As stated above expanding foam of the types available in aerosol cans will be very costly. It isn't intended to fill anything more than small voids. It also doesn't resist weather and damp very well and could actually entrap moisture making things worse. I doubt you'd get even coverage and if you overfill you risk distortion of timbers.

If you must fill the void then I'd suggest the polystyrene beads that have been used as retro fill by blown injection, rather than rockwool or other fibres. Most of these insulants are more intended from cavity walls or to lay over ceilings, so in the underfloor location may not perform well and again could actually cause problems with mositre entrapment. You certainly won't get a guarantee, and for the small area involved the installation costs could be prohibitive.

The best option would be an overlay to the current timber floor. Lay a vapoud check plastic sheet, place rigid foam boards over that (Wickes now sell the polyurethane type boards, as well as other foams for use with loftsapce boards that should work), and you can if needed place some timbers between these insulations, ideally crosswise to the current joists so the loads are spread, before you lay new timber flooring, perhaps of moisture resistant 19mm chipboard, or if you are being extravagant plywood.. The cheap job, which would simply reduce draughts would be a simple overlay of thin 3-6mm sheet plywood, to the existing flooring to block up any gaps.
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Old 28-02-2012, 16:16   #13
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Re: Expanding Foam as Insulation

Quote:
Originally Posted by pabscars View Post
After looking at the pictures now, I think your idea of using polystyrene sheets (or something similar) would be better, as long as your not planning on putting anything really heavy on the floor it shouldn't be too springy if you use a decent grade particle board (MDF) on top.

Picture No2 shows the air gap under your shed, this IMO should be left alone and not boxed in and filled with expanding foam or whatever.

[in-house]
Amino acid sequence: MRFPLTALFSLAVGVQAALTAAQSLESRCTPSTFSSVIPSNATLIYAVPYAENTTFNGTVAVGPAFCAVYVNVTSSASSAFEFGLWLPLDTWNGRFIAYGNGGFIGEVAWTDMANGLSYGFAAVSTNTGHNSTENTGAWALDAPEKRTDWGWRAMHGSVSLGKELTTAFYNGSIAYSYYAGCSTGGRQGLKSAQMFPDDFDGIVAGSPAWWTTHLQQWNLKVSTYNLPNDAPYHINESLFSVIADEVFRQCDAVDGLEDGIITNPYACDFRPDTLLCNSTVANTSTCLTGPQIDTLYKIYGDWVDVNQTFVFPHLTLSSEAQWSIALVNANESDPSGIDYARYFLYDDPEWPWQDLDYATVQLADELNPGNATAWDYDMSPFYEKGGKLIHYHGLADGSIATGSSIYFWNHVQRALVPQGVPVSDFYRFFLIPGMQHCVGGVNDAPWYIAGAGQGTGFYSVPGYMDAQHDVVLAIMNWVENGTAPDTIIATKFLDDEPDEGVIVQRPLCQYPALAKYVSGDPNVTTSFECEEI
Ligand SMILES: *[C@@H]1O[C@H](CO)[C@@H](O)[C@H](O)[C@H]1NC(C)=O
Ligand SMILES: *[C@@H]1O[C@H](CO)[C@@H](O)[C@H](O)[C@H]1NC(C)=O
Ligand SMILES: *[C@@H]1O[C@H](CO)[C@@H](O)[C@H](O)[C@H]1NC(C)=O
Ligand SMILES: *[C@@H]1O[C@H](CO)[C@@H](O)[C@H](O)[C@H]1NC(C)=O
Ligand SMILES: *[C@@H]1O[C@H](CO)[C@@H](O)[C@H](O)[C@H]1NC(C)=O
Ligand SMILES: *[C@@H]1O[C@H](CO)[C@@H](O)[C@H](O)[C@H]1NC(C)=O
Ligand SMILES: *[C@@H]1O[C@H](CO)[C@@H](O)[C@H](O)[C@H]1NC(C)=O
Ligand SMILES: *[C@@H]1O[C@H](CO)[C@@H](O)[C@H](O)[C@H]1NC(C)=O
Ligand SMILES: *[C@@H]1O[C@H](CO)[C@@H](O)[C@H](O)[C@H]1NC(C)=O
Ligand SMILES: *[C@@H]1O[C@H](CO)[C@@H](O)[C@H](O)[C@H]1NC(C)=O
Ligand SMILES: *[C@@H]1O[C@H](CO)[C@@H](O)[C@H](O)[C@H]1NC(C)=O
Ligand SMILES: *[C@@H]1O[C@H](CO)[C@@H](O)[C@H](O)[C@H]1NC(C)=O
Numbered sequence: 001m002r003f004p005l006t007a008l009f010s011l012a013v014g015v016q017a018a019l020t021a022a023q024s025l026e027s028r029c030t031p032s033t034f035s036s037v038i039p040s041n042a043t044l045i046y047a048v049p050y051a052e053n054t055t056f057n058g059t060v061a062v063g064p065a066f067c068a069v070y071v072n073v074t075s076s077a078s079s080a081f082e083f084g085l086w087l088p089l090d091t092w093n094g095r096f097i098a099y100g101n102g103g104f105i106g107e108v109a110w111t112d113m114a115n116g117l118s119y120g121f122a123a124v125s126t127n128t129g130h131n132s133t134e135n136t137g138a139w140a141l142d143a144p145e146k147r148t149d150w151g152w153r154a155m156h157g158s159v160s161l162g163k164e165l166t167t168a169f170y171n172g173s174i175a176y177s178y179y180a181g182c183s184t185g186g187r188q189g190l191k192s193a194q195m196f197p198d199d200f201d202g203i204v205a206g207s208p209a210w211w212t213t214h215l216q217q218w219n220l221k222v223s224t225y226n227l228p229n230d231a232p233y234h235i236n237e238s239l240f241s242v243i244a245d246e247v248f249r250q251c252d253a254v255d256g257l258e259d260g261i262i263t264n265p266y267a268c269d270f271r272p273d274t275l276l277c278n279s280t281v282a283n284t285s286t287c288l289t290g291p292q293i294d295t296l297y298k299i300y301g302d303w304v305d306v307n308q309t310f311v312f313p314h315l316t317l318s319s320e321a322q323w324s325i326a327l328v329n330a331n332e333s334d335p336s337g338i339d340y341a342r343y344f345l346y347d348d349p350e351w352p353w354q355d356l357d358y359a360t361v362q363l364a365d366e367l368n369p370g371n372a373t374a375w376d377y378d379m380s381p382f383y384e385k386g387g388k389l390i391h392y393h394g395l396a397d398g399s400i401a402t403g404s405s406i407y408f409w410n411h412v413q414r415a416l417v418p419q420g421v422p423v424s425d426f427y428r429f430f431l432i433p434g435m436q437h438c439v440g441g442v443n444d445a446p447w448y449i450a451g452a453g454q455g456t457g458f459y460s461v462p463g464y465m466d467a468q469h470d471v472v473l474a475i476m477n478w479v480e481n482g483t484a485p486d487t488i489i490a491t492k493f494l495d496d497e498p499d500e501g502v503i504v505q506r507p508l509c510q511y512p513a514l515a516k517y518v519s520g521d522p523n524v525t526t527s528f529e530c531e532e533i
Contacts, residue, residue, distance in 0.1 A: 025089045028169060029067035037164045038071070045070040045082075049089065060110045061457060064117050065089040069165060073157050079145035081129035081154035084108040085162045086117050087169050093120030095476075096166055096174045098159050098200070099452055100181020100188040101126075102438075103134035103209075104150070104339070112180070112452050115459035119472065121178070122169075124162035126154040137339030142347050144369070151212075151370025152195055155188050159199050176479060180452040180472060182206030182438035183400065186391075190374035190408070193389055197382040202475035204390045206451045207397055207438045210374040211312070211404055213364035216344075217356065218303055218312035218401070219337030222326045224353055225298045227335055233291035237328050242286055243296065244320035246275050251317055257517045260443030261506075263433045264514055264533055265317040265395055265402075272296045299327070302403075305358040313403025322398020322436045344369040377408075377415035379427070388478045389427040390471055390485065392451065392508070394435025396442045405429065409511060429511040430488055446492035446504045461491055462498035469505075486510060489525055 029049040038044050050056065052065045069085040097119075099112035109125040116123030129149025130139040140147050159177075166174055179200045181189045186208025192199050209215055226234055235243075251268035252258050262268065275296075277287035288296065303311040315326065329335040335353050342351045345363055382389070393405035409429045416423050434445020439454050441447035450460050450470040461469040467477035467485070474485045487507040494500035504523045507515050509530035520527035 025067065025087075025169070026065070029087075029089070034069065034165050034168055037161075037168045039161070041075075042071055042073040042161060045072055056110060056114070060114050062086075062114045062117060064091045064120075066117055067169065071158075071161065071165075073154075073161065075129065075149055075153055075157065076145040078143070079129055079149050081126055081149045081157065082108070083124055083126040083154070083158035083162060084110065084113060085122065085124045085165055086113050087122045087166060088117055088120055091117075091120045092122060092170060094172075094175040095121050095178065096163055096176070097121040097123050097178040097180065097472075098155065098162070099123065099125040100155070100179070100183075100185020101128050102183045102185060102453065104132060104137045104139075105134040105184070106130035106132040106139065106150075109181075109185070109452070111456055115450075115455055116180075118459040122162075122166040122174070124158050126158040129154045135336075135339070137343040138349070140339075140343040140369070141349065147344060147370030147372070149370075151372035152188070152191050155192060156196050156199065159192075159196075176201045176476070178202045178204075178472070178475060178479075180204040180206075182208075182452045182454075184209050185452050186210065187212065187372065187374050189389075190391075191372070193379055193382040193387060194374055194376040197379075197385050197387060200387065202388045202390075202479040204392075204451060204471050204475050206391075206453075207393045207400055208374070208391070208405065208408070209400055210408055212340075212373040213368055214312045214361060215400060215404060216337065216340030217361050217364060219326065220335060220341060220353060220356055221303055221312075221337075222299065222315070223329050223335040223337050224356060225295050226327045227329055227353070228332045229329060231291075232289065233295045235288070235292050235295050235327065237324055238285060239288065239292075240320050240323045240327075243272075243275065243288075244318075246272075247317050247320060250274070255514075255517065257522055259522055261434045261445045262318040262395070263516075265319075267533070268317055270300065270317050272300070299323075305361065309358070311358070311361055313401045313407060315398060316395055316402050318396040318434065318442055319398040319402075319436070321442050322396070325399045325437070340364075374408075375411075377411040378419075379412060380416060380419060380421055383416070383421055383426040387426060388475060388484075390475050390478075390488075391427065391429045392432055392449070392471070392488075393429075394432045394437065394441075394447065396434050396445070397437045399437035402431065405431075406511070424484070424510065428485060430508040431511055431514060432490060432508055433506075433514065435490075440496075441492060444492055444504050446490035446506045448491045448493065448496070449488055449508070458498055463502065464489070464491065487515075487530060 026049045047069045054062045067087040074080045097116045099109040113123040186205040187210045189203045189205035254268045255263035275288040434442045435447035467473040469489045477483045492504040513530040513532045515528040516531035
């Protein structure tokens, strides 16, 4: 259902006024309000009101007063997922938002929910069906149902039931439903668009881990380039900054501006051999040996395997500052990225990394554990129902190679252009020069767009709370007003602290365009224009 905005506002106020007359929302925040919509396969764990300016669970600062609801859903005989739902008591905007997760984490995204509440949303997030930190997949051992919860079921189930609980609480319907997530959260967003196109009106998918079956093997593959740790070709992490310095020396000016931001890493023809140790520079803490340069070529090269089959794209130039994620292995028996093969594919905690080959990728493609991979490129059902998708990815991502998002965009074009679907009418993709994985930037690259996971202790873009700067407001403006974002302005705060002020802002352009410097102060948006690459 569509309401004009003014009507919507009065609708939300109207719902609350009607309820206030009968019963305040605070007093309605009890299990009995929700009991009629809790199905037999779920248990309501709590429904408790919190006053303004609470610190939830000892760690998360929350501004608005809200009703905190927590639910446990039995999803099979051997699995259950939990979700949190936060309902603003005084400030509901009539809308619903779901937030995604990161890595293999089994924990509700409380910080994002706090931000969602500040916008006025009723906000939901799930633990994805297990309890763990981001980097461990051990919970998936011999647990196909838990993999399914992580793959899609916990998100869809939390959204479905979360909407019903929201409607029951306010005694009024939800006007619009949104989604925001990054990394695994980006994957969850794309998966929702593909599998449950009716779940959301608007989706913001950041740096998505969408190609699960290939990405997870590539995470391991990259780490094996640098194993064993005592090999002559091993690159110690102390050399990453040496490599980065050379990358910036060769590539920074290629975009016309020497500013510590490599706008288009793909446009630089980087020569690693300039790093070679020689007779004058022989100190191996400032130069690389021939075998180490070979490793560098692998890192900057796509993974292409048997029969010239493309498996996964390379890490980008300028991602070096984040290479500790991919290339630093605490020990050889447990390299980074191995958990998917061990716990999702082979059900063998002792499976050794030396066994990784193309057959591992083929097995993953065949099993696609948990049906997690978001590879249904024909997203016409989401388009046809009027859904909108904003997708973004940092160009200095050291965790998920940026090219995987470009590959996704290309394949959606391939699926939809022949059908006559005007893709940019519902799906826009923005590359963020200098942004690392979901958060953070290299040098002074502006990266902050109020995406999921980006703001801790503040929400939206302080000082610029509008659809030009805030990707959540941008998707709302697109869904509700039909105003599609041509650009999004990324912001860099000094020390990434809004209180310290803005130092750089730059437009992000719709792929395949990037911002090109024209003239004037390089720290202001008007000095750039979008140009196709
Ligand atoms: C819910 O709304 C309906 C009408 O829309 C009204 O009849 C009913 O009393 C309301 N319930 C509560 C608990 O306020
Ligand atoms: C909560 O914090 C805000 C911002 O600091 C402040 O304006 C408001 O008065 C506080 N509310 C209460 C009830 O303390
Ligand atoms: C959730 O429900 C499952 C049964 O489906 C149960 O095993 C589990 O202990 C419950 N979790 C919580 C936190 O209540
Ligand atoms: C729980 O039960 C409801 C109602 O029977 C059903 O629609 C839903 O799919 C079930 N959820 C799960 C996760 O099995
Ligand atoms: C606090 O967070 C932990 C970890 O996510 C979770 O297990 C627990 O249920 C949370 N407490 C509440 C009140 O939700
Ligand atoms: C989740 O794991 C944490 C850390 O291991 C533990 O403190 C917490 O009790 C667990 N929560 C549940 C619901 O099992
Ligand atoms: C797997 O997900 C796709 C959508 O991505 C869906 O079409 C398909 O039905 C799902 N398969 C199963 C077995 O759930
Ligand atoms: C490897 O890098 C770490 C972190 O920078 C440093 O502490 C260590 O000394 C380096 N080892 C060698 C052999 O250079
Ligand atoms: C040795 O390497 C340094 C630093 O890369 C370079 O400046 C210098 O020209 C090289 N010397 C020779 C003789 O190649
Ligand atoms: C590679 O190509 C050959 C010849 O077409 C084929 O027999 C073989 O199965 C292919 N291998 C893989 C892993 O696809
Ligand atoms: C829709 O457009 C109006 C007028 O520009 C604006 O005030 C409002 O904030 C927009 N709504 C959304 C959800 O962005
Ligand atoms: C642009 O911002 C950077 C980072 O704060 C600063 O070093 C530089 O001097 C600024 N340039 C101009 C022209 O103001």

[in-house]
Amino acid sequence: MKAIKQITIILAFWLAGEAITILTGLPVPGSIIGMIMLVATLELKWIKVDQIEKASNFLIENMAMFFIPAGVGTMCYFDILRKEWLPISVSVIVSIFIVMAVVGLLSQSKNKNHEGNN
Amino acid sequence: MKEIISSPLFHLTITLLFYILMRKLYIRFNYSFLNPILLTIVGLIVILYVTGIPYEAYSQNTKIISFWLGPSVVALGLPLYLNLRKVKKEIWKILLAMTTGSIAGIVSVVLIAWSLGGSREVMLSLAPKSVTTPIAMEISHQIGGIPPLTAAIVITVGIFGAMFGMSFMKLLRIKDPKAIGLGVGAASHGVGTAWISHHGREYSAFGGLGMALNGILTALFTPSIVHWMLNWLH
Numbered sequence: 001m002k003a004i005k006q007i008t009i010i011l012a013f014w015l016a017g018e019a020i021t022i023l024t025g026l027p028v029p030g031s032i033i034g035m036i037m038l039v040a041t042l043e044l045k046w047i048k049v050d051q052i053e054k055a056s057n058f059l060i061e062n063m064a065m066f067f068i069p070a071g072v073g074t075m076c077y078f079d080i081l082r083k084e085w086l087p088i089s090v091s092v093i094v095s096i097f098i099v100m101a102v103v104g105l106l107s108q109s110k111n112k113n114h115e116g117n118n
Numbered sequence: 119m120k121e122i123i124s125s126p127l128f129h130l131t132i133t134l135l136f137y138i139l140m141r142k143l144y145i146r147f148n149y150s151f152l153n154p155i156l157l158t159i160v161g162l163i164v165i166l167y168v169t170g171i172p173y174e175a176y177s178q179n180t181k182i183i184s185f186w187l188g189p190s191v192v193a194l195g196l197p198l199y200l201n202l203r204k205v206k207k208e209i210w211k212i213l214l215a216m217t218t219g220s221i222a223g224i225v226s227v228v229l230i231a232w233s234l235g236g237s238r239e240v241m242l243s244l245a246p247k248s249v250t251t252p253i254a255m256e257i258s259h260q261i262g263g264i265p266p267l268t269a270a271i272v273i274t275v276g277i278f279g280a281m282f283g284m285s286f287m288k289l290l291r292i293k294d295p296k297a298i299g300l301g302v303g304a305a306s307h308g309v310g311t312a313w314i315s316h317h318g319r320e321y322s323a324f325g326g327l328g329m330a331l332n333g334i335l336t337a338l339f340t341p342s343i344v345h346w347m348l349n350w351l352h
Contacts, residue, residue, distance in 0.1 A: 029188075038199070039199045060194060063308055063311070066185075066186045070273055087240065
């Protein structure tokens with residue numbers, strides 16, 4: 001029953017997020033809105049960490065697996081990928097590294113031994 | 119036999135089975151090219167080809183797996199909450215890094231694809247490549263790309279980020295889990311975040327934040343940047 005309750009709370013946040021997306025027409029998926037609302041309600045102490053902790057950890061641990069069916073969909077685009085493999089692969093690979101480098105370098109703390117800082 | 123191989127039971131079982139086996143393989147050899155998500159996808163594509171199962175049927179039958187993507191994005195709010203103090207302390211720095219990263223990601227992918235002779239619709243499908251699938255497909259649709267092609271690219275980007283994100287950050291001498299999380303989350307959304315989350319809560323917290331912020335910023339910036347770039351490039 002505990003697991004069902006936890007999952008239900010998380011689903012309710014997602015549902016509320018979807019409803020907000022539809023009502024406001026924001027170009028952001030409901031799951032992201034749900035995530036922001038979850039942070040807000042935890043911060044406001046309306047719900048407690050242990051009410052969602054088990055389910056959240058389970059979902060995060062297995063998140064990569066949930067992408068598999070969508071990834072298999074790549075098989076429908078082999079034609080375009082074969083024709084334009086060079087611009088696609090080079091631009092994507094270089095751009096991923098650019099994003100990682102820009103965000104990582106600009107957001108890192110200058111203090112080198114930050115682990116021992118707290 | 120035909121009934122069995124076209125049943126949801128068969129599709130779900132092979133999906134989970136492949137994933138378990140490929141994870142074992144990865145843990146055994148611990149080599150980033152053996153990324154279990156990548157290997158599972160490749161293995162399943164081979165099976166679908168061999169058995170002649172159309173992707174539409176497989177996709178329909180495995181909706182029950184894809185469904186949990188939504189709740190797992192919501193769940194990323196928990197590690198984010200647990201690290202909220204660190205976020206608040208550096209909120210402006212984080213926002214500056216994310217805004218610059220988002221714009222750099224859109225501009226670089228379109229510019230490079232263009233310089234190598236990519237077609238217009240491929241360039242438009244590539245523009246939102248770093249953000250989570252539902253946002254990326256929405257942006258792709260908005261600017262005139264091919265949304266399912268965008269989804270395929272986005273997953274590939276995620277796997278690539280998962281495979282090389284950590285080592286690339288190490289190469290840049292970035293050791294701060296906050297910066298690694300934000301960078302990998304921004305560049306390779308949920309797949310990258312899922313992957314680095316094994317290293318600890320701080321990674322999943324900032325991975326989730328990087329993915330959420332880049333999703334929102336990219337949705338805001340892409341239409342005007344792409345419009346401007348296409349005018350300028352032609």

We plan on using the workshop during winter months, the reason i'm insulating. Do you think an overlay of MDF would keep the floor warm enough?

I dont really have a problem with putting a false floor down. I was thinking of doing this originally by laying 50mm poly sheeting, or at least using 30mm, and using plywood as the floor base. MDF would be cheaper I think.

Would using ONLY MDF be enough?
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Old 28-02-2012, 16:34   #14
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Re: Expanding Foam as Insulation

Quote:
Originally Posted by Barewolf View Post
We plan on using the workshop during winter months, the reason i'm insulating. Do you think an overlay of MDF would keep the floor warm enough?

I dont really have a problem with putting a false floor down. I was thinking of doing this originally by laying 50mm poly sheeting, or at least using 30mm, and using plywood as the floor base. MDF would be cheaper I think.

Would using ONLY MDF be enough?
Your biggest problem is draughts so going all out with thermal insulation on the floor will be a waste of money unless you are going to do the roof and walls(or already have done) .Very little heat if any will escape through the floor you are more likely to get cold draughts blowing up through the floor.My advice would be to eliminate the draughts rather than insulate and a ply/mdf floor covering can be very effective .You can buy T&G chipboard flooring with foam insulation already attached
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Old 28-02-2012, 17:02   #15
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Re: Expanding Foam as Insulation

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Originally Posted by martyh View Post
Your biggest problem is draughts so going all out with thermal insulation on the floor will be a waste of money unless you are going to do the roof and walls(or already have done) .Very little heat if any will escape through the floor you are more likely to get cold draughts blowing up through the floor.My advice would be to eliminate the draughts rather than insulate and a ply/mdf floor covering can be very effective .You can buy T&G chipboard flooring with foam insulation already attached
I see what you mean. The roof and walls are insulated with a combination of polystyrene sheeting and bubblewrap, I was on a tight budget, but it seems to have worked. The wall cavity was about 2 1/2 inches which was jam packed with insulation.

I dont want to overspend on floor insulation if its not necessary, the cheapest option would be the best for me, ive already spent way too much on the workshop as it is.

This insulated MDF sounds good, i will have to look out for that. It would be ideal.